Unseen were the dozens of divers below the waves, bagging purple urchins. The kayakers floating in Russo’s view waited for one to ascend with bulging sacks, or carried bags of freshly caught urchins to shore after sending a diver back to the ocean floor with a fresh pouch. Those on the beach lent a hand crushing the periwinkle pests.

“It was an orchestra,” says Russo. And he was the conductor.

Kelp’s collapse entered Russo’s world in 2014 at a presentation given to the Recreational Abalone Advisory Committee by a California DFW scientist. He immediately began agitating the state to increase the daily catch limit of purple urchins, believing the change would raise public awareness of the kelp die-off. The devoted abalone guide wanted to see action before the entire underwater ecosystem collapsed.

But the gears of government clank slowly, and only after the fishery closure did he convince the Fish and Game Commission to increase the limit from 35 individuals to 20 gallons, with a later hike to 40 gallons.

It was enough to launch the first recreational culling dives, gathering press and public momentum. The plans, however, immediately drew concerns from the DFW, animal activists, hunters and Native Americans alike, worried about unnecessary killing of a native species.

“I know that these people care,” Silva says, and that it is human nature to take action. But “maybe we did do something about it and that’s why it’s a situation.” He would prefer to let time heal nature’s wounds.

Joshua Russo and Dr. Cynthia Catton speak on beach

Joshua Russo (left) speaks with then-Department of Fish and Wildlife scientist Dr. Cynthia Catton during an urchin culling event.

Courtesy Alberto Richard/The Purple Nightmare!

“I think what holds people back is that they don’t realize this is a restoration,” says Russo. “We’re just removing them from the ocean and crushing them...so even a really conservative hunter would say that that’s wasting it. But the thing is our goal is to restore balance in the ocean.”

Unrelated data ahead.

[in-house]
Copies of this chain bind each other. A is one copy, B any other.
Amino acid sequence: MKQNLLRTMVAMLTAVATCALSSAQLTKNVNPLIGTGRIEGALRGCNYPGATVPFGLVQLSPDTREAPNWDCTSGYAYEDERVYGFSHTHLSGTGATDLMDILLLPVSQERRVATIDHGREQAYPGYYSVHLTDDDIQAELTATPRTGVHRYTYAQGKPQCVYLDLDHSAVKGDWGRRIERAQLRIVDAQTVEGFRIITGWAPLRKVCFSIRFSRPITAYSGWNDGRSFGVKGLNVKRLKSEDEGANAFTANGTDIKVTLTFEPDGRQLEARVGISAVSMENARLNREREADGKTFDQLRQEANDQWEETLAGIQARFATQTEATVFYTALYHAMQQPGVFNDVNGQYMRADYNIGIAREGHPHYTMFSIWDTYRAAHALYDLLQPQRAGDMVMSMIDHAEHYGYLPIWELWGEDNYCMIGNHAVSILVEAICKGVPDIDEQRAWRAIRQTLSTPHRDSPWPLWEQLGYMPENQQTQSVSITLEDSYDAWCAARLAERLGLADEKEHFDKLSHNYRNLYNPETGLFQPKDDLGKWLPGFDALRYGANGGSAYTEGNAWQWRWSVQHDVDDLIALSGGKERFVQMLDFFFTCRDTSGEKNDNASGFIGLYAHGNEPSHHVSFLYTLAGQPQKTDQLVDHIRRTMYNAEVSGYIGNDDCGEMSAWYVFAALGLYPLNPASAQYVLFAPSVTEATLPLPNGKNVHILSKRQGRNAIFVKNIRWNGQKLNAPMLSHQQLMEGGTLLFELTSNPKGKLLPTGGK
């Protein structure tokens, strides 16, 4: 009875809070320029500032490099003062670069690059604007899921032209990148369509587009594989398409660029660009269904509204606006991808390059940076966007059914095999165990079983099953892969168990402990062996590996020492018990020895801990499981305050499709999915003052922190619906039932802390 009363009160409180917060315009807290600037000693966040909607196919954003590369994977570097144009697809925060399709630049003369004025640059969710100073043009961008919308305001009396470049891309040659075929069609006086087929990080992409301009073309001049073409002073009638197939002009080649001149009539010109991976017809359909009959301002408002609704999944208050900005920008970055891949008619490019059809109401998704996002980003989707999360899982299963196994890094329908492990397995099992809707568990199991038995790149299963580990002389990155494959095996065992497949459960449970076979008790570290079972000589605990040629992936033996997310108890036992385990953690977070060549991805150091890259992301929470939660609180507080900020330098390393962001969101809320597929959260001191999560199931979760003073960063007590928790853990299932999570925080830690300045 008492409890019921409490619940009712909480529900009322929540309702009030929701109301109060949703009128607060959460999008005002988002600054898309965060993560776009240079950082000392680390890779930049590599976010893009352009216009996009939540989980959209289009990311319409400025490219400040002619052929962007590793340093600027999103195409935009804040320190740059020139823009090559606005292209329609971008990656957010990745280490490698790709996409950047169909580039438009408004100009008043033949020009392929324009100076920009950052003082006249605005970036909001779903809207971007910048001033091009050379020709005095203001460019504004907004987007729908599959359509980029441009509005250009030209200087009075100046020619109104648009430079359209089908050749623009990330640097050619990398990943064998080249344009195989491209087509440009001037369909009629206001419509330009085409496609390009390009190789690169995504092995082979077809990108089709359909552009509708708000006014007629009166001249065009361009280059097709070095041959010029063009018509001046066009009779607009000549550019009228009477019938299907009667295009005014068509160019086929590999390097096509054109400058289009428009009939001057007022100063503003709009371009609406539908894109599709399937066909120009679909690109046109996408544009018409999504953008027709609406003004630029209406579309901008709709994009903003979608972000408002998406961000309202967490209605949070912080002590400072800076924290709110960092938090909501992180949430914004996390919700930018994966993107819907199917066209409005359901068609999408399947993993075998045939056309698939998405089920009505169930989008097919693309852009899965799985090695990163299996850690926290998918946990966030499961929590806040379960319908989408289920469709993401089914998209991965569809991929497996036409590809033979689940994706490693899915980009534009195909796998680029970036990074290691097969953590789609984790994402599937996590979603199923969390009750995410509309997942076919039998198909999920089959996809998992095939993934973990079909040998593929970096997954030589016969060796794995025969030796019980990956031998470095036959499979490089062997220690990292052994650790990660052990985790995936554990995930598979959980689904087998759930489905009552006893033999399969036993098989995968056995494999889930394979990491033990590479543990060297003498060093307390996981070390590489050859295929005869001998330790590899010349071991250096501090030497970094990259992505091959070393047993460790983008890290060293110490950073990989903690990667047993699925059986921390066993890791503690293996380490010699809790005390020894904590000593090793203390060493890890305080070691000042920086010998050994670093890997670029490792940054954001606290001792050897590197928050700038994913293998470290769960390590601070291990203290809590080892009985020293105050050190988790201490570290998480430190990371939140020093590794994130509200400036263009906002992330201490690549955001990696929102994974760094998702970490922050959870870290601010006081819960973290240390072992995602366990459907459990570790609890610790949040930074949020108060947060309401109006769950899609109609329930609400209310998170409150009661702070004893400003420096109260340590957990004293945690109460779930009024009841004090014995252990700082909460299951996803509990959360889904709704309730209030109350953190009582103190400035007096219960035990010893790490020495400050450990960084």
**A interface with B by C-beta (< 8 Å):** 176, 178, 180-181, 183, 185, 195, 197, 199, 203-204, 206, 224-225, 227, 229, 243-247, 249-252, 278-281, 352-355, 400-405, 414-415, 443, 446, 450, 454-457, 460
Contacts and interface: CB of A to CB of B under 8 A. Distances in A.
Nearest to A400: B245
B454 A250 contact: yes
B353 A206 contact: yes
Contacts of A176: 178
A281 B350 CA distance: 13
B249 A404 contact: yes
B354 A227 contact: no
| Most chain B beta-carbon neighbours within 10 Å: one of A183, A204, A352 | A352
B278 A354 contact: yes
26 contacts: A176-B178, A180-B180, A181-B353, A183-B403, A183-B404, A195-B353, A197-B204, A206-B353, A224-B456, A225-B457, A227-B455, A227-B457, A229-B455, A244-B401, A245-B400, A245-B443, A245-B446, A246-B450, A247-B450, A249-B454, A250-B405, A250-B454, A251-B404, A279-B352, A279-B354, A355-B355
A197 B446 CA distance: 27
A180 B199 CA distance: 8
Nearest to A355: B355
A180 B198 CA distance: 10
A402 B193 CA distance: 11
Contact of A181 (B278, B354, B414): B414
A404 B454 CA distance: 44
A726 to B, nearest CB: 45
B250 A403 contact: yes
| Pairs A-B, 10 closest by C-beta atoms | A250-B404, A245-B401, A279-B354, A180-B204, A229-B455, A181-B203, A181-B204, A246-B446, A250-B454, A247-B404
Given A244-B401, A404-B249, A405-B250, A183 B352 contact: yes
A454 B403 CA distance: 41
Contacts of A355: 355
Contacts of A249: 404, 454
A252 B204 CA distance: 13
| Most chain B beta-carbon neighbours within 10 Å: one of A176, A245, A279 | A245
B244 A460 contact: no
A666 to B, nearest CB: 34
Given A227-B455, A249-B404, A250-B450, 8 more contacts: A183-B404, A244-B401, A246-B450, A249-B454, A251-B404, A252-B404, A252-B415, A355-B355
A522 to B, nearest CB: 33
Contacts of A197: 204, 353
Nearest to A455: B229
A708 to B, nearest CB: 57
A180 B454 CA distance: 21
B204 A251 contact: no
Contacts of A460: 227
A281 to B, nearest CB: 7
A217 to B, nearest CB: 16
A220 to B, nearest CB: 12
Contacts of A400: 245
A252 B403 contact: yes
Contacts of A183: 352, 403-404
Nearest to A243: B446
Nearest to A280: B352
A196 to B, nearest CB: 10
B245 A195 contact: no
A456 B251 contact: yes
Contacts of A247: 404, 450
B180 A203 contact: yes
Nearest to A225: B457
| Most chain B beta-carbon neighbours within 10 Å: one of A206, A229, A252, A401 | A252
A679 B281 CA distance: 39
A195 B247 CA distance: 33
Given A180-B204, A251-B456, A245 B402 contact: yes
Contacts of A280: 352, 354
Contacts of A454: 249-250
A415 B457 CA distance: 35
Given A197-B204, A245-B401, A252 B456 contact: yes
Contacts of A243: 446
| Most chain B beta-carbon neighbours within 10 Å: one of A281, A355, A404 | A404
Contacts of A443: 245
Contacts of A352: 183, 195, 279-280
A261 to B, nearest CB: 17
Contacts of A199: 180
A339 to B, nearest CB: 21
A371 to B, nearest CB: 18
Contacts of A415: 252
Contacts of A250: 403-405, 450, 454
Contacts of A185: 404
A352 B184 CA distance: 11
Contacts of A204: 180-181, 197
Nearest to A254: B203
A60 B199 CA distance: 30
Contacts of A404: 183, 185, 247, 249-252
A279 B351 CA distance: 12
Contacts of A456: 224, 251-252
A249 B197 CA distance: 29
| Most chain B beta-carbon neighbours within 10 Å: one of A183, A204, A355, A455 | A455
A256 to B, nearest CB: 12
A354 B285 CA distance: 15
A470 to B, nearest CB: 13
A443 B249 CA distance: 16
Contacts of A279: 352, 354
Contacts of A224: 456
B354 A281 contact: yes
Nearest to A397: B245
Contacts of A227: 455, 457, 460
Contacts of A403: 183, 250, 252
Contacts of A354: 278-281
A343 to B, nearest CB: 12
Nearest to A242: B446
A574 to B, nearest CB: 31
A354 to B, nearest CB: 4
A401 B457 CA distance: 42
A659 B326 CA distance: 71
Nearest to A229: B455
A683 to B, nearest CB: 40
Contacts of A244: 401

After Russo’s first event in Ocean’s Cove, he planned an urchin removal dive every other month, rotating between Sonoma and Mendocino counties, prioritizing shore-diving access. Hundreds of volunteers participated from across California, including Tallman, who donated gear rentals and air tanks to help get people in the water.

In addition to the recreational dives, Russo raised $130,000 to pay the region’s commercial red urchin divers to instead collect purple urchins, addressing urchin barrens resting deeper than his volunteers could descend. He succeeded in extracting millions of purple urchins and helping convince the state it was an issue worth tackling.

Collections of purple urchins

Purple urchins rest onshore after a commercial collection effort.

Mike Esgro/Ocean Protection Council

The problem: There was no data to show if his work actually helped kelp return.

Recreational divers spending hours underwater harvesting urchins wanted to know if it was working, says Reef Check’s McHugh, whose father was a recreational abalone diver. “And it kind of broke my heart to say no, and also that we don’t know.”

While rotating between shore-accessible coves made it easier for divers to participate, it dispersed the collection efforts to biologically random areas. With hundreds of miles of decimated coastline, it would take a tighter system to see if human removal could have an impact.

Today, recreational, commercial and scientific divers are coordinating with state of California funding to participate in a concentrated urchin removal in two Mendocino county coves. The groups want to find out if concentrating culling efforts can reduce urchin populations enough that the kelp ecosystem can recover in that specific area. Both refuges have maintained small crops of kelp since the die-offs began, so the hope is to create a seed bank for spreading kelp once conditions improve.

Commercial divers are tending Noyo Harbor, cleaning swim lanes created by McHugh’s team with a benthic cable. Once collecting is done for the day, Reef Check purchases their catch with funding from a California Ocean Protection Council grant. After assessing a sample of the urchins’ size and diet, Reef Check sends them to an organic composting facility.